By PETER H. MILLIKEN
ONE HUNDRED AND FIFTY years ago this month, John Hunt Morgan, the Confederate general, and his 336 remaining troops surrendered to the Union Army in Columbiana County.
The Confederate cavalry officer’s surrender on July 26, 1863, after a 1,000-mile ride through four states, marked the northernmost advance of Confederate soldiers during the Civil War.
Local historical societies in Columbiana County will have special events later this month to observe the sesquicentennial of Morgan’s surrender.
Having left Tennessee on June 11, some 2,200 soldiers and horses participating in Morgan’s raid crossed the Ohio River in two stolen steamboats from Kentucky to Indiana on July 8.
Morgan’s Raiders entered Ohio on July 13, and Ohio’s only Civil War battle occurred July 19 at Buffington Island, where Morgan’s troops clashed with Union forces while Morgan was trying to get his raiders back across the Ohio River into West Virginia. Fewer than 200 of Morgan’s troops were able to cross the river, and an additional 700 of them were captured.
“His reason for the raid was to divert Union troops away from the Tennessee-Kentucky area so the Southern troops in those areas could get away from the Union troops,” said Tom Davidson, president of the Wellsville Historical Society.
As thousands of Union troops pursued them, Morgan’s Raiders seized fresh horses from Ohioans and left behind their tired horses, Davidson said.
“He had to live off the land. He couldn’t bring enough food and horses to keep going through enemy territory,” so he raided Ohio homes for food, horses and valuables, explained Civil War Historian Lester V. Horvitz of Morgan’s Trace, Ohio.
“Morgan did everything he could to tear up railroad tracks and burn railroad depots,” in Ohio, because the railroads were delivering supplies to Union troops in the Southern states, said Horvitz, whose hometown got its name from Morgan’s Raid and whose 1840-vintage house was raided by Morgan.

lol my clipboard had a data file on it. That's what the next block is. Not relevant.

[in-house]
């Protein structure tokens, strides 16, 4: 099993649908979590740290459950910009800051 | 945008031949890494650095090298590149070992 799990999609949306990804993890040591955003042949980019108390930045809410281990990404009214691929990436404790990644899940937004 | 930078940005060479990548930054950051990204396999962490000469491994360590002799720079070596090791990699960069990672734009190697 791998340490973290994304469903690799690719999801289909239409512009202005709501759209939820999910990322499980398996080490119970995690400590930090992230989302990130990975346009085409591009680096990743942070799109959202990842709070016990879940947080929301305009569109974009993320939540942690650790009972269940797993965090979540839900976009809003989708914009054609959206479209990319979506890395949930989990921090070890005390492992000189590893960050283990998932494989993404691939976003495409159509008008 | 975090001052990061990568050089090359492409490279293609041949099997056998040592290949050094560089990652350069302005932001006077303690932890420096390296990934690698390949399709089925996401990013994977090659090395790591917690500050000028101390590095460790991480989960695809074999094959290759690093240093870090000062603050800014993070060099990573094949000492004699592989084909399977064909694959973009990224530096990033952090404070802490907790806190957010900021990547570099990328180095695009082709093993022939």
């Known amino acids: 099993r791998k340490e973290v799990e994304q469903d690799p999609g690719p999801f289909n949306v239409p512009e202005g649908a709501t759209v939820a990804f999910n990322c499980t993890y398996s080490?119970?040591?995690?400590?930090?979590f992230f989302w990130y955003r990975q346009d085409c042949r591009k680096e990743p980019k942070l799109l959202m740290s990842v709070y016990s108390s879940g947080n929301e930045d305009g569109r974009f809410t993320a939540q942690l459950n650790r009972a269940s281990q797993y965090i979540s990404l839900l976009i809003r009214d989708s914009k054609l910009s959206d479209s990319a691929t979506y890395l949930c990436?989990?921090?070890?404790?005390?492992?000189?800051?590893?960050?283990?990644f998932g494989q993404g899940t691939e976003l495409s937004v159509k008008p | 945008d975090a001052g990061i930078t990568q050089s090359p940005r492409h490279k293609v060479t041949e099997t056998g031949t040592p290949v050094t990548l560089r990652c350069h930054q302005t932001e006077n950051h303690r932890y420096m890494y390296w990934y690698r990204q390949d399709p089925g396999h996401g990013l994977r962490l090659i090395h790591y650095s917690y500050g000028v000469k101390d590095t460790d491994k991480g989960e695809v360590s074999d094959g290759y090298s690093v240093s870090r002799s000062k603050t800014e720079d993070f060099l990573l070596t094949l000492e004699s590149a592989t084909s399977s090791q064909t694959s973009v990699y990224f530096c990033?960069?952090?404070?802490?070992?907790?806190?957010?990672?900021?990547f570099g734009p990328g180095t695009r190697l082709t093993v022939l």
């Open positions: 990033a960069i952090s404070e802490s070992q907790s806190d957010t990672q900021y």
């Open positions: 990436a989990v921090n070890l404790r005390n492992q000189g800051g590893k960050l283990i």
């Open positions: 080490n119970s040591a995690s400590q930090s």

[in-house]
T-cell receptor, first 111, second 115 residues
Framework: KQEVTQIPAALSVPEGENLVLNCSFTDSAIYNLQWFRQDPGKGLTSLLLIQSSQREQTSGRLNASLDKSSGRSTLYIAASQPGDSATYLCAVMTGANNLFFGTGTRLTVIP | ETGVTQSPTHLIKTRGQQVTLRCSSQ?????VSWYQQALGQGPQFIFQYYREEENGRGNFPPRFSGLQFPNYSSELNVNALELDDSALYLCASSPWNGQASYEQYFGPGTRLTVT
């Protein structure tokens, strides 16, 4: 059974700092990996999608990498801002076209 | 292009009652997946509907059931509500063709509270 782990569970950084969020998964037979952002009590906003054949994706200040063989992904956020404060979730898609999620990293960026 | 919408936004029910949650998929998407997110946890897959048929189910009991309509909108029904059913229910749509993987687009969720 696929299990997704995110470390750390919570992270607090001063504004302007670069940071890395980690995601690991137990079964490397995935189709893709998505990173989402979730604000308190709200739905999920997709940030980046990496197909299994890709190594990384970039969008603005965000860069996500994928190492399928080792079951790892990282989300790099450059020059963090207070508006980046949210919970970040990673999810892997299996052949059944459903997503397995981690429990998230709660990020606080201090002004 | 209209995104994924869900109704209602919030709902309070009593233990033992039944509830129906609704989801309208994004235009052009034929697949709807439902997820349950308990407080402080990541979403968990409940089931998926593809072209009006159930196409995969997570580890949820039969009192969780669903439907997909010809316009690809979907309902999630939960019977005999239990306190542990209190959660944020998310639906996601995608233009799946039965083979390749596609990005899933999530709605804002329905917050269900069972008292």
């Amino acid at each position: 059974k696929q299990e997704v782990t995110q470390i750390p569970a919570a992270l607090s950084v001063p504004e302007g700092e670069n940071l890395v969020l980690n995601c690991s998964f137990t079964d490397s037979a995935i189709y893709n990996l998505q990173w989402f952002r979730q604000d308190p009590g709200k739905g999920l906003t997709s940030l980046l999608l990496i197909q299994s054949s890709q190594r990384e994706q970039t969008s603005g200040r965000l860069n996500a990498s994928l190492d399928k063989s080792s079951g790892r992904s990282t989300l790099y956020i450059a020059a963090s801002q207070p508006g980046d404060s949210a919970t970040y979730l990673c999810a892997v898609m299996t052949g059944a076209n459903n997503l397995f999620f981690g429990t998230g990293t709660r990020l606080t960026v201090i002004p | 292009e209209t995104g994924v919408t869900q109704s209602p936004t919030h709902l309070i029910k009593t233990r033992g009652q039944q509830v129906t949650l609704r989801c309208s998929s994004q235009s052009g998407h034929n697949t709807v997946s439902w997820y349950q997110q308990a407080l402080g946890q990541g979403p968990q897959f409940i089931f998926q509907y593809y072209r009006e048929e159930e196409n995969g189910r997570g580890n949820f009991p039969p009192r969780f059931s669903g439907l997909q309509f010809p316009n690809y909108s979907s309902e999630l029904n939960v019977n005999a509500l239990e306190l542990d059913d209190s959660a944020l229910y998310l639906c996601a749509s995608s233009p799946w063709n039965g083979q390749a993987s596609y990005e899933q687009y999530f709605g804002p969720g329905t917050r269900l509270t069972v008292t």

Morgan’s Raid extended the Civil War for three months because the Union Army was “too busy chasing Morgan to send troops down South to fight,” Horvitz said.
The raid “raised the morale of the Southern people,” Horvitz said. For Confederates, “the only good news was Morgan’s Raid because they were losing the other battles,” notably at Gettysburg and Vicksburg in July 1863, Horvitz said.
Finding themselves unable to cross the flooded Ohio River, the remnants of Morgan’s Raiders headed north,
creating anxiety among Northeast Ohio residents, wrote industrialist Joseph G. Butler Jr. in his 1921 “History of Youngstown and the Mahoning Valley, Ohio.”
“His invasion was nothing more than a reckless diversion,” wrote Butler, who had founded Youngstown’s Butler Institute of American Art in 1919.
“Panic seized the entire state” of Ohio, Butler wrote. “The strength of Morgan’s scattered forces was widely exaggerated,” Butler added.
“It was generally believed that he meant to raid the Mahoning Valley, destroy the iron mills and capture the money in the banks,” wrote Butler, who, during the Civil War, was a young man residing in Niles.
Butler wrote that he joined a band of about 30 men, who loaded a cannon onto a wagon, and headed south to confront the raiders.
Having spent the night in Canfield, Butler recalled he arrived at the surrender site on horseback “just in time to see the capture of the raiders” by Union cavalry two miles west of West Point.
Butler wrote that the money and records of the Youngstown banks had been sent by train to Cleveland as Morgan’s Raiders advanced northward.
Morgan’s Raiders generated fear because they were “a very well-known cavalry unit, probably the best the Confederacy had,” said Tim Seman, genealogy and local history librarian at the main public library in Youngstown.
Morgan’s “getting that far north into Ohio was a bit of a wake-up call, and the response was heightened morale and heightened motivation and the mobilization to defeat the Confederacy,” Seman added.
Although many southern Ohioans were sympathetic to the Confederacy, Morgan’s surrender was inevitable in Northeast Ohio, where he would have encountered formidable resistance in the more-populated, Union-friendly industrial areas, Seman said.
“The abolitionist anti-slavery movement in large part got its birth in northeastern Ohio,” the librarian observed.
“He ended up in this area with a severely-weakened force” after the Battle of Buffington Island, Seman noted.
Most of Morgan’s attempts to recross the Ohio River were stopped by Union Navy vessels, known as Tinclads, which controlled the Ohio River and were able to go farther upriver than usual under flood conditions, Seman said.
After his surrender, Morgan was taken to Wellsville, where he spent the night at the Whitacre House Hotel under heavy guard by Union troops before being taken by train to Cincinnati and then to the newly-opened Ohio State Penitentiary in Columbus.
Because he was appreciative of how well he was treated at the hotel,
Morgan presented his battle sword to the hotel owner, Thomas Whitacre.
On Nov. 27, 1863, Morgan and several of his officers tunneled out of the penitentiary and escaped to Kentucky.
Morgan was killed by Union cavalrymen on Sept. 4, 1864, in Greeneville, Tenn.
Morgan’s sword was passed down through generations of the Whitacre family, which donated it to the Wellsville River Museum, where it is now on permanent display, said Robert Lloyd, vice president of the Wellsville Historical Society, which owns the museum.
A roadside monument on state Route 518 between Gavers and West Point marks the surrender site.